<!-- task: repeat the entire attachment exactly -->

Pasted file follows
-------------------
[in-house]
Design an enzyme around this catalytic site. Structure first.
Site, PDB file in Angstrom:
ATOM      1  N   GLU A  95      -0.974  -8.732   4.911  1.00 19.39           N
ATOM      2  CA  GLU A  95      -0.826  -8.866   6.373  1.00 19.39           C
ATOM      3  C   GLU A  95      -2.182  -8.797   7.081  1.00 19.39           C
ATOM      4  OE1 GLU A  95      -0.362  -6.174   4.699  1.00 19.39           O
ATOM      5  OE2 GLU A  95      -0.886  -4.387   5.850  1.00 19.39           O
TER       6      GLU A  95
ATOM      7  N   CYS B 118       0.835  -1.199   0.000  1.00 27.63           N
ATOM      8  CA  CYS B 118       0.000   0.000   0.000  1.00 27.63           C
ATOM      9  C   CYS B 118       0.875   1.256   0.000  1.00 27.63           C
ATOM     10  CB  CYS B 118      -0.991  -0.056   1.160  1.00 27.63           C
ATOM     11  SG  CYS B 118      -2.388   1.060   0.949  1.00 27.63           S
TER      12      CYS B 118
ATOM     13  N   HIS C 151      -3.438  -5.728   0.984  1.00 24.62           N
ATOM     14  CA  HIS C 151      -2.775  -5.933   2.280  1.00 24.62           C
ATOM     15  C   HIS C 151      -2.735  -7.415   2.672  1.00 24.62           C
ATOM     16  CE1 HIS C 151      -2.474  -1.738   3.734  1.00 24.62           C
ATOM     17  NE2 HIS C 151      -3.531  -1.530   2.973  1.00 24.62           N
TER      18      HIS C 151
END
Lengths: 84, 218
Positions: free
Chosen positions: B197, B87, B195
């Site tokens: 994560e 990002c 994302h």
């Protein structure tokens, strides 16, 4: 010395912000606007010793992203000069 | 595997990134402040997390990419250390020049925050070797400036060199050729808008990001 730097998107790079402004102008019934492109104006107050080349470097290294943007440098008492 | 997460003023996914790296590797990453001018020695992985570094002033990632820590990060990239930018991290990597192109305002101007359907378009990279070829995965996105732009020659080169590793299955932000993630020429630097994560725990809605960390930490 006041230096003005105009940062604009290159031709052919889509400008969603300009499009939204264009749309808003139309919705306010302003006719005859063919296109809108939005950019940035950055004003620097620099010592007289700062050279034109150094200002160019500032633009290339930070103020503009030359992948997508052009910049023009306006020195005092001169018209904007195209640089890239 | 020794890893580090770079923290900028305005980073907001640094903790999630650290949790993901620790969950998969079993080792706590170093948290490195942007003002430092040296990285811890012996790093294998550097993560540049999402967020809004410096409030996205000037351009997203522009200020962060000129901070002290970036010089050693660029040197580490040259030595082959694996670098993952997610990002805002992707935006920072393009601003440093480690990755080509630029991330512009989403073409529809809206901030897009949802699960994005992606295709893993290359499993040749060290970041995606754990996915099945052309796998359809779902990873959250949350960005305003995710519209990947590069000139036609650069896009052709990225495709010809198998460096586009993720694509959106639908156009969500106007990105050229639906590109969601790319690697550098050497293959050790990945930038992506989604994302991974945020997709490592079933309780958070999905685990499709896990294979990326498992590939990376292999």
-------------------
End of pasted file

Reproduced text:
[in-house]
Design an enzyme around this catalytic site. Structure first.
Site, PDB file in Angstrom:
ATOM      1  N   GLU A  95      -0.974  -8.732   4.911  1.00 19.39           N
ATOM      2  CA  GLU A  95      -0.826  -8.866   6.373  1.00 19.39           C
ATOM      3  C   GLU A  95      -2.182  -8.797   7.081  1.00 19.39           C
ATOM      4  OE1 GLU A  95      -0.362  -6.174   4.699  1.00 19.39           O
ATOM      5  OE2 GLU A  95      -0.886  -4.387   5.850  1.00 19.39           O
TER       6      GLU A  95
ATOM      7  N   CYS B 118       0.835  -1.199   0.000  1.00 27.63           N
ATOM      8  CA  CYS B 118       0.000   0.000   0.000  1.00 27.63           C
ATOM      9  C   CYS B 118       0.875   1.256   0.000  1.00 27.63           C
ATOM     10  CB  CYS B 118      -0.991  -0.056   1.160  1.00 27.63           C
ATOM     11  SG  CYS B 118      -2.388   1.060   0.949  1.00 27.63           S
TER      12      CYS B 118
ATOM     13  N   HIS C 151      -3.438  -5.728   0.984  1.00 24.62           N
ATOM     14  CA  HIS C 151      -2.775  -5.933   2.280  1.00 24.62           C
ATOM     15  C   HIS C 151      -2.735  -7.415   2.672  1.00 24.62           C
ATOM     16  CE1 HIS C 151      -2.474  -1.738   3.734  1.00 24.62           C
ATOM     17  NE2 HIS C 151      -3.531  -1.530   2.973  1.00 24.62           N
TER      18      HIS C 151
END
Lengths: 84, 218
Positions: free
Chosen positions: B197, B87, B195
């Site tokens: 994560e 990002c 994302h």
């Protein structure tokens, strides 16, 4: 010395912000606007010793992203000069 | 595997990134402040997390990419250390020049925050070797400036060199050729808008990001 730097998107790079402004102008019934492109104006107050080349470097290294943007440098008492 | 997460003023996914790296590797990453001018020695992985570094002033990632820590990060990239930018991290990597192109305002101007359907378009990279070829995965996105732009020659080169590793299955932000993630020429630097994560725990809605960390930490 006041230096003005105009940062604009290159031709052919889509400008969603300009499009939204264009749309808003139309919705306010302003006719005859063919296109809108939005950019940035950055004003620097620099010592007289700062050279034109150094200002160019500032633009290339930070103020503009030359992948997508052009910049023009306006020195005092001169018209904007195209640089890239 | 020794890893580090770079923290900028305005980073907001640094903790999630650290949790993901620790969950998969079993080792706590170093948290490195942007003002430092040296990285811890012996790093294998550097993560540049999402967020809004410096409030996205000037351009997203522009200020962060000129901070002290970036010089050693660029040197580490040259030595082959694996670098993952997610990002805002992707935006920072393009601003440093480690990755080509630029991330512009989403073409529809809206901030897009949802699960994005992606295709893993290359499993040749060290970041995606754990996915099945052309796998359809779902990873959250949350960005305003995710519209990947590069000139036609650069896009052709990225495709010809198998460096586009993720694509959106639908156009969500106007990105050229639906590109969601790319690697550098050497293959050790990945930038992506989604994302991974945020997709490592079933309780958070999905685990499709896990294979990326498992590939990376292999």